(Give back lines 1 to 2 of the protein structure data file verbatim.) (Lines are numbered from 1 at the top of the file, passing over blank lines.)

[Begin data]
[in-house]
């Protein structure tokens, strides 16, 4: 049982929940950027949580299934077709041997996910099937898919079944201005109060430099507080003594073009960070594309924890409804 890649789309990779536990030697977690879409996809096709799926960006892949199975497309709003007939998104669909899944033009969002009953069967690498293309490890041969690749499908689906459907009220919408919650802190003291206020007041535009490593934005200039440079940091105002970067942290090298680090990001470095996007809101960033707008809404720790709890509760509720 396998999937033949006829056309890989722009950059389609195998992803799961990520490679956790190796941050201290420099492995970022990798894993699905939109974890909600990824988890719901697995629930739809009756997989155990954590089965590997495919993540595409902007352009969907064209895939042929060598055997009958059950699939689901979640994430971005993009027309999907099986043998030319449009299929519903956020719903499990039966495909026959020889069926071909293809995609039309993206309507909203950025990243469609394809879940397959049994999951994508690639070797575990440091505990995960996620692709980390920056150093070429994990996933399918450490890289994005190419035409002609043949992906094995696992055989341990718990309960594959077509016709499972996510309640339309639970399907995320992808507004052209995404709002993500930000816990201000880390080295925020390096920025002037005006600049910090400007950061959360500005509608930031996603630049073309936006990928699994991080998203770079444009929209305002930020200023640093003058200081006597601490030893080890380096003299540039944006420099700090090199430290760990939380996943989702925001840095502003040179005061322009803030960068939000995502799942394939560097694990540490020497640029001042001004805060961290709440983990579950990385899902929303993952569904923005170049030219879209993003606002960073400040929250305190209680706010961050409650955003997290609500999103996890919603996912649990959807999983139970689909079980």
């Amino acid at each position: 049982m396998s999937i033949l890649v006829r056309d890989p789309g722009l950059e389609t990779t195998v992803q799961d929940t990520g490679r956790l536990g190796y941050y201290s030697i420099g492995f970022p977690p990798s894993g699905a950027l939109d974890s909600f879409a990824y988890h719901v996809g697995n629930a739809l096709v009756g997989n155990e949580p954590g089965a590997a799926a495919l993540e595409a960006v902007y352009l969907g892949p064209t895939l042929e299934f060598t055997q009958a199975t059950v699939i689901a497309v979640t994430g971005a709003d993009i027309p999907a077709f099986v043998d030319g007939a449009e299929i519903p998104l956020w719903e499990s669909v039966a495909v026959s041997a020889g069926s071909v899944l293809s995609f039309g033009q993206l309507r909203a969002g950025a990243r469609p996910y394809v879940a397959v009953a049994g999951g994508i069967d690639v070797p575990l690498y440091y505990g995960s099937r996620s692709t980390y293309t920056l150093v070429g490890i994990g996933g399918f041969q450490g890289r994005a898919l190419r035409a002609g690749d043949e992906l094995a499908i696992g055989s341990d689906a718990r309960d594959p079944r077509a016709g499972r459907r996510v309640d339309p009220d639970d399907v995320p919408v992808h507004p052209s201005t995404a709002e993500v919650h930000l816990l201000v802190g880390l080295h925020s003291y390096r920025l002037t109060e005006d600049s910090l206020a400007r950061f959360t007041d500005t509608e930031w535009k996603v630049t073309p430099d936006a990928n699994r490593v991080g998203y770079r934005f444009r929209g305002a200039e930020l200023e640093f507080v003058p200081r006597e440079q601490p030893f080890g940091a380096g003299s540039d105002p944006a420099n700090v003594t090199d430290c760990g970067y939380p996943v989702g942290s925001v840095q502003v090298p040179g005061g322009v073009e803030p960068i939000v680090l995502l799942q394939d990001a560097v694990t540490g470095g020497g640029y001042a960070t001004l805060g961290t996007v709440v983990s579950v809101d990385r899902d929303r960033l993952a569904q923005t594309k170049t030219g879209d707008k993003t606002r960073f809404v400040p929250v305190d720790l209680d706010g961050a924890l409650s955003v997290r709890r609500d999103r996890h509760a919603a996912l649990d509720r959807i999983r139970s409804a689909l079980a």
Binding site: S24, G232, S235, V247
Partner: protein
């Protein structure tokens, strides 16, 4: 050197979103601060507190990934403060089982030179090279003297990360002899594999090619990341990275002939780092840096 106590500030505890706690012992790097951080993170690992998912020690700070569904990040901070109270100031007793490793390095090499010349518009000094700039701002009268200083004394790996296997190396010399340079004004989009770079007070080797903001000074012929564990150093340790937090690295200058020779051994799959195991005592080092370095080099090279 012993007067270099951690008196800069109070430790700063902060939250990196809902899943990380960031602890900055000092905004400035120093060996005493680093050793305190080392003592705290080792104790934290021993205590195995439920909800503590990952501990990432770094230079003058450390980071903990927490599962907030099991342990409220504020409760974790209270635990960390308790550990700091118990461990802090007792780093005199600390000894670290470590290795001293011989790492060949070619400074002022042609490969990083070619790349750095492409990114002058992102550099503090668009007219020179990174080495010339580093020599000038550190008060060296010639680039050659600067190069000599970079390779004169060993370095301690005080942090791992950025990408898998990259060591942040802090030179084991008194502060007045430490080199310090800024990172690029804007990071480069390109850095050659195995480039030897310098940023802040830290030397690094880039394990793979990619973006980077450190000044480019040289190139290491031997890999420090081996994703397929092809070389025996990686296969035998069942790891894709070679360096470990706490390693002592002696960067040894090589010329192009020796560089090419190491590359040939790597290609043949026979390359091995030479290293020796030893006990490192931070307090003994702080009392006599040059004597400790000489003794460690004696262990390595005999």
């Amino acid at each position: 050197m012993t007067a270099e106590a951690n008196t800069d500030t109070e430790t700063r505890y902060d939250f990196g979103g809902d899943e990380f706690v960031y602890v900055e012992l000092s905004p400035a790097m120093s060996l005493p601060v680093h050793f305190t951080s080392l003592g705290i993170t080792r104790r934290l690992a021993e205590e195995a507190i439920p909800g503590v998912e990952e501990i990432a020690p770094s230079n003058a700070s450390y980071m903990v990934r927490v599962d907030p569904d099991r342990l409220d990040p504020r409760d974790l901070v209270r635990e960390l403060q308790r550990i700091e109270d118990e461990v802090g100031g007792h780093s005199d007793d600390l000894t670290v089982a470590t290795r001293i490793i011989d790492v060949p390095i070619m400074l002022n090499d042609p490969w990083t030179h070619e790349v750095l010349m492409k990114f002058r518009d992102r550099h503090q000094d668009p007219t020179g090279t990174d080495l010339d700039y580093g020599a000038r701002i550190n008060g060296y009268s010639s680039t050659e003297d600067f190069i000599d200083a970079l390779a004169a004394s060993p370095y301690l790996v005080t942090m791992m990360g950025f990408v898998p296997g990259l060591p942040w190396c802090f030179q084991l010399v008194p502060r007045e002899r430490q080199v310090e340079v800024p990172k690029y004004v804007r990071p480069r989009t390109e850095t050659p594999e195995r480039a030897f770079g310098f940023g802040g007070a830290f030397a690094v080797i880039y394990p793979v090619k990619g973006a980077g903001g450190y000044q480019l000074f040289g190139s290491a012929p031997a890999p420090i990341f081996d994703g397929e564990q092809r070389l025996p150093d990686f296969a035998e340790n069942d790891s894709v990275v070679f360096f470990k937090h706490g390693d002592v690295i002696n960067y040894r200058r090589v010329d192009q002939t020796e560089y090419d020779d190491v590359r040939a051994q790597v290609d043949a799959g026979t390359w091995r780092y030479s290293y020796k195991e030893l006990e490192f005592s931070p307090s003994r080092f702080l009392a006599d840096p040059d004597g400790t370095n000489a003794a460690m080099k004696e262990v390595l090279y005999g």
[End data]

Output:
[in-house]
């Protein structure tokens, strides 16, 4: 049982929940950027949580299934077709041997996910099937898919079944201005109060430099507080003594073009960070594309924890409804 890649789309990779536990030697977690879409996809096709799926960006892949199975497309709003007939998104669909899944033009969002009953069967690498293309490890041969690749499908689906459907009220919408919650802190003291206020007041535009490593934005200039440079940091105002970067942290090298680090990001470095996007809101960033707008809404720790709890509760509720 396998999937033949006829056309890989722009950059389609195998992803799961990520490679956790190796941050201290420099492995970022990798894993699905939109974890909600990824988890719901697995629930739809009756997989155990954590089965590997495919993540595409902007352009969907064209895939042929060598055997009958059950699939689901979640994430971005993009027309999907099986043998030319449009299929519903956020719903499990039966495909026959020889069926071909293809995609039309993206309507909203950025990243469609394809879940397959049994999951994508690639070797575990440091505990995960996620692709980390920056150093070429994990996933399918450490890289994005190419035409002609043949992906094995696992055989341990718990309960594959077509016709499972996510309640339309639970399907995320992808507004052209995404709002993500930000816990201000880390080295925020390096920025002037005006600049910090400007950061959360500005509608930031996603630049073309936006990928699994991080998203770079444009929209305002930020200023640093003058200081006597601490030893080890380096003299540039944006420099700090090199430290760990939380996943989702925001840095502003040179005061322009803030960068939000995502799942394939560097694990540490020497640029001042001004805060961290709440983990579950990385899902929303993952569904923005170049030219879209993003606002960073400040929250305190209680706010961050409650955003997290609500999103996890919603996912649990959807999983139970689909079980």